Why Does Trevor Recommend Type 1 Diabetes?

Trevor Torres, Student, Patient, “Diabetes Evangelist”

Hi. I’m Trevor Torres. I have eczema, asthma, I suffer from sleep deprivation, I’m allergic to nuts, but the fun one is Juvenile Diabetes or Type 1 Diabetes. I was diagnosed with diabetes probably two years ago. I used to describe myself as a “professional diabetic,” except the problem with that is that I haven’t figured out a way to get paid yet. So, until I do that, I like to call myself a “diabetes evangelist” because I would recommend Type 1 Diabetes to anyone — and I’ll get to that in a second.

Just to describe a little bit with my situation, I pretty much do everything on my own. I check my own blood sugar, give myself my own shots, calculate my meals and insulin, and I have pretty much memorized the carbohydrate content of every food in my house just because of how much I use it. So, it’s kind of a fun party trick: “Hey, Trevor, how many carbs are in this soda?” “It’s 42 for one can!”

I would definitely recommend diabetes to everyone for two reasons, mainly, all though there are a lot, I’m not going to list them all. One, it’s so much easier to be healthier if you’re a Type 1 Diabetic because you’re already looking at all the nutrition facts on your foods anyway. I think that a lot of the diet problems people have is just because they kind of unconsciously eat something bad. They look at their day and they say, “Oops, I probably shouldn’t have eaten that many cupcakes,” or something.

And another thing I really like about diabetes, I feel like it makes me more confident. This might be a little irrational, but it’s like any accomplishment I have, I feel like it’s that much cooler because I have diabetes. So, I accomplished this thing, and I had diabetes at the same time!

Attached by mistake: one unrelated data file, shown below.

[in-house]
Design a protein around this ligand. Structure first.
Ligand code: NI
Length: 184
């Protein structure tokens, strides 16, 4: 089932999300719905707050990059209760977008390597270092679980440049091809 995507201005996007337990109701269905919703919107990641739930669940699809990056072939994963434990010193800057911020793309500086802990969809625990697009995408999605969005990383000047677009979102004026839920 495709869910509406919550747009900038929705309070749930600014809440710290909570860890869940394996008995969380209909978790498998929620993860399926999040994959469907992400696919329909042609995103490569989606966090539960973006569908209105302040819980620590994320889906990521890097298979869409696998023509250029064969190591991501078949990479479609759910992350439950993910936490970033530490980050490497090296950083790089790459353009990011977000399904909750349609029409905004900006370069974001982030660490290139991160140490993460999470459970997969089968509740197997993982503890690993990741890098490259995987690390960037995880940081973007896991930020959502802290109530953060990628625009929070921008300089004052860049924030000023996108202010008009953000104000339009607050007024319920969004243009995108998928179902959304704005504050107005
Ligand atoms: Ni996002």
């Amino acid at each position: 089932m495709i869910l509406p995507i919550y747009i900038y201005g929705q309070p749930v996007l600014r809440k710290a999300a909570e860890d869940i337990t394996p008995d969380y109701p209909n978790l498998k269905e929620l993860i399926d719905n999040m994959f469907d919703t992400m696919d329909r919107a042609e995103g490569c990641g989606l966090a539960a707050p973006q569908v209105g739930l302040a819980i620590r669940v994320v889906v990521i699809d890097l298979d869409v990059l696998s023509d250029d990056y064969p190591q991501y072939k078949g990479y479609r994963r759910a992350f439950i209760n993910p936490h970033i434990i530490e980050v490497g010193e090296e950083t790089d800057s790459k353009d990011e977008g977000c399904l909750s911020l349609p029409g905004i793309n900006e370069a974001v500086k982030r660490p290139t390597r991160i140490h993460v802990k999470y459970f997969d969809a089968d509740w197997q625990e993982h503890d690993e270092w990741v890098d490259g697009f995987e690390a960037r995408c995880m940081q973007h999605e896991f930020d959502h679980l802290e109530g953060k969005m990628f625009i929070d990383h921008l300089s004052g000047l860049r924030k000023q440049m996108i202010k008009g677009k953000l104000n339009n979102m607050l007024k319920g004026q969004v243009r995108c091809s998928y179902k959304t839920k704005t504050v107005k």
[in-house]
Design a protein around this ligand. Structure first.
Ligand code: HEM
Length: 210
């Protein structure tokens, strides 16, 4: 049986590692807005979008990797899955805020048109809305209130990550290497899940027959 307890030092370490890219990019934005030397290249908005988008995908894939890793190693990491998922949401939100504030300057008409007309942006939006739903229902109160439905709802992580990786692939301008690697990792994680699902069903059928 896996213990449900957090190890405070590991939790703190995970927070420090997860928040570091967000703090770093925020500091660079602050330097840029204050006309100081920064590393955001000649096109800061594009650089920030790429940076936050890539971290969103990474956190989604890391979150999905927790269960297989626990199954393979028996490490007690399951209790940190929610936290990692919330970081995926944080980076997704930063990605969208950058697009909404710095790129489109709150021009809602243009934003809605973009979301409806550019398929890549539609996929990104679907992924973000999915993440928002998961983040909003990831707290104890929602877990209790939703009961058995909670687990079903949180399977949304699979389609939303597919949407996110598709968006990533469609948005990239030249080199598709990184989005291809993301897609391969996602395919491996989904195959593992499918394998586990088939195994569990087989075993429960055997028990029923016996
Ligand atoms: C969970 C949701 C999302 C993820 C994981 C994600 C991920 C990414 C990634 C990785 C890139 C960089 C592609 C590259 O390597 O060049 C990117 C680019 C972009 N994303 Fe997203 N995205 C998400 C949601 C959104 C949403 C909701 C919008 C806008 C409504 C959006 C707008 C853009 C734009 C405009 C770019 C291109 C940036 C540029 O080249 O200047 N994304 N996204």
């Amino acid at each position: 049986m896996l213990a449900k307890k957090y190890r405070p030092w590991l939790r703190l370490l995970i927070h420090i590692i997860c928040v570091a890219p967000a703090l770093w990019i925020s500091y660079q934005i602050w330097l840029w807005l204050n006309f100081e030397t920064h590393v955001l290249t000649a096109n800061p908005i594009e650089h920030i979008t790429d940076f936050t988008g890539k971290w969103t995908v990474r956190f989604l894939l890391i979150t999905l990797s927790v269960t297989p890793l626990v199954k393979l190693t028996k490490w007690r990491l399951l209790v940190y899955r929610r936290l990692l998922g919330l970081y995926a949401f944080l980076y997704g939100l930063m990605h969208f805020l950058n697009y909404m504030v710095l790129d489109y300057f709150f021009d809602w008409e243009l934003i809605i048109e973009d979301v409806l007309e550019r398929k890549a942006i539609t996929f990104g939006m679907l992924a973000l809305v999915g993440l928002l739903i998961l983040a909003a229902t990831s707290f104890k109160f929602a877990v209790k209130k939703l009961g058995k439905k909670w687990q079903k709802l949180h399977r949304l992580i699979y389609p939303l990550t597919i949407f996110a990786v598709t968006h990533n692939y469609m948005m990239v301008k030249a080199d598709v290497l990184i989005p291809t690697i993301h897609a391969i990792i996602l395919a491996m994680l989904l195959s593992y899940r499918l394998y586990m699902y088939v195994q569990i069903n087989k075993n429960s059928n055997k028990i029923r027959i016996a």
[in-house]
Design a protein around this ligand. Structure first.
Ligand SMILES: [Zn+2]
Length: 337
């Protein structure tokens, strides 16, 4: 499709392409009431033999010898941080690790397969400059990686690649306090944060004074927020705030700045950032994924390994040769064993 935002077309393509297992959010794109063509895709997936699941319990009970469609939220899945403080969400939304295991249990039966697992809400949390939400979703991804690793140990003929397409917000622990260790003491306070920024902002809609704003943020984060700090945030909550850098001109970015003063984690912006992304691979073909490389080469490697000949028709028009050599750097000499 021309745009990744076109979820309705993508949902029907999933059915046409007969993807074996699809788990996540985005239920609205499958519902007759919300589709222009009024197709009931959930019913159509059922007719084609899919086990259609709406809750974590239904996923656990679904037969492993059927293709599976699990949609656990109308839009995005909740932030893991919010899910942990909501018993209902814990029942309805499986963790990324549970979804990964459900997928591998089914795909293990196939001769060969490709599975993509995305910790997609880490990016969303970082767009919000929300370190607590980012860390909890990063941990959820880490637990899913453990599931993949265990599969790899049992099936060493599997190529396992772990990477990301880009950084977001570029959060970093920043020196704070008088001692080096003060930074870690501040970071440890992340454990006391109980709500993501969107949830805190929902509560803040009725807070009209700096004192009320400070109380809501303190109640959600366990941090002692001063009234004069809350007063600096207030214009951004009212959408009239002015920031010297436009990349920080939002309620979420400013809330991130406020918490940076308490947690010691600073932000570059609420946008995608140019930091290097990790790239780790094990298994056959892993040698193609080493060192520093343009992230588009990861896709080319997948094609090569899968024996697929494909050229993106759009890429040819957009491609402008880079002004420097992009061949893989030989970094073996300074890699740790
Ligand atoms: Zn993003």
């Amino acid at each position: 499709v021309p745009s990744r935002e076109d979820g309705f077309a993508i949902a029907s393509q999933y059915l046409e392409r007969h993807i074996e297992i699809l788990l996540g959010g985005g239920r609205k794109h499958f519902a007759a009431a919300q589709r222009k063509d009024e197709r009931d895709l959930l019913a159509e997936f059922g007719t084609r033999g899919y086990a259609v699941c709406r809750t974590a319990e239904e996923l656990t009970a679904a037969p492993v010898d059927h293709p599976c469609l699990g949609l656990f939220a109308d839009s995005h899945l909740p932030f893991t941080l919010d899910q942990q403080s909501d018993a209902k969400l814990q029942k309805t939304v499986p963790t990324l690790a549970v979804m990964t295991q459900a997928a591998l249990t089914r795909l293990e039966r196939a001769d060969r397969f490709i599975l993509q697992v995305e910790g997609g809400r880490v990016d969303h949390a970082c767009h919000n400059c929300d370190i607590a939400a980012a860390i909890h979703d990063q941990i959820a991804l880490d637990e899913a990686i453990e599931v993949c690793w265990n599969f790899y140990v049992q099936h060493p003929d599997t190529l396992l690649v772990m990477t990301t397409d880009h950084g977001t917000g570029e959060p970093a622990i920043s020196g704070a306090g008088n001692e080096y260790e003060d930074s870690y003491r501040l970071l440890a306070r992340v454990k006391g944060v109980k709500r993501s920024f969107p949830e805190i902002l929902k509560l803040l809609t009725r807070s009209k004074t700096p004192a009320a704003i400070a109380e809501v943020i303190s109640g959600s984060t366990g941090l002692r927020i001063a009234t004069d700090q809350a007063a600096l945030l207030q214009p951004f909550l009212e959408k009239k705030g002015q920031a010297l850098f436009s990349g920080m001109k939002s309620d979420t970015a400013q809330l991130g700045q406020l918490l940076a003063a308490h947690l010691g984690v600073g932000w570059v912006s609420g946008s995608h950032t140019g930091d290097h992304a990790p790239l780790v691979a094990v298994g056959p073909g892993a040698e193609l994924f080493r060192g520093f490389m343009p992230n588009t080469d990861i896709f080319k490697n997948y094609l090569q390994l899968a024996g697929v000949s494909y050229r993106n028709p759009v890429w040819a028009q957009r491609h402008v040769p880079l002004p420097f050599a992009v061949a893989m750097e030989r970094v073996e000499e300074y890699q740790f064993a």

[What do you expect from your health care providers?]

There’s two main things. One, don’t condescend. Especially for me, I don’t really like that because I am one of the smarter patients. I guess I could’ve said, “Stay out of my way,” but that doesn’t really help very much.

When I was first diagnosed with diabetes, they said, “You can give yourself insulin in one of two ways. You can do it based on your blood sugar. If you have higher blood sugar, give yourself more insulin, and so forth. Or, you can do it based on what you’re going to eat. If you’re going to eat “X” amount, give yourself “X” amount of insulin. I said, “Well, that doesn’t make sense. Why don’t I just come up with an algorithm that incorporates both variables?” So again, that’s probably a little atypical.

But, if you already have something figured out, you don’t necessarily need to lower the level of your explanation down to what you perceive your patient’s level to be. You can explain something, and then if your patient doesn’t understand it, [the patient] can ask for clarification. Now, that may be just me. But I really hate it when I feel like I’m being talked down to. And that also might be my age. I know we kids are a little upstart about that.

Another thing I hate is, never say “poke.” I’m going to “poke” you. No, you’re not going to poke me; you’re going to stab me. A poke is where you prod someone with your finger. A stab is where you insert a sharp metal object with the intent either to inject a foreign substance into the body or to draw blood by breaking the skin. Alright, little rant there.

Another thing that’s important is to understand how your patient learns. And I don’t have all the answers here, but I know that for me, I really like to know why something is being done.

If a doctor just says, “You need to eat this way; you need to do this thing; take this treatment” — anything — if they tell me to do something, they better tell me why I have to do it. Because, one, that way I know I actually should do it. (Because people tell you to do things all the time. And if I did everything that I know I should do, I don’t have time to do that. “Ain’t nobody got time for that.”)

But if my doctors says, “You need to take this medication because this is what it’s going to do scientifically in your body. This is what’s going to happen if you don’t do it; this is what’s going to happen if you do,” then I know exactly why I should, and then I’ll be much more likely to do it.

If a doctor is complaining that, “Oh, my patients didn’t do X, Y, and Zedd,” and [the doctor] didn’t tell them why, just told them to do it, well of course they didn’t do it.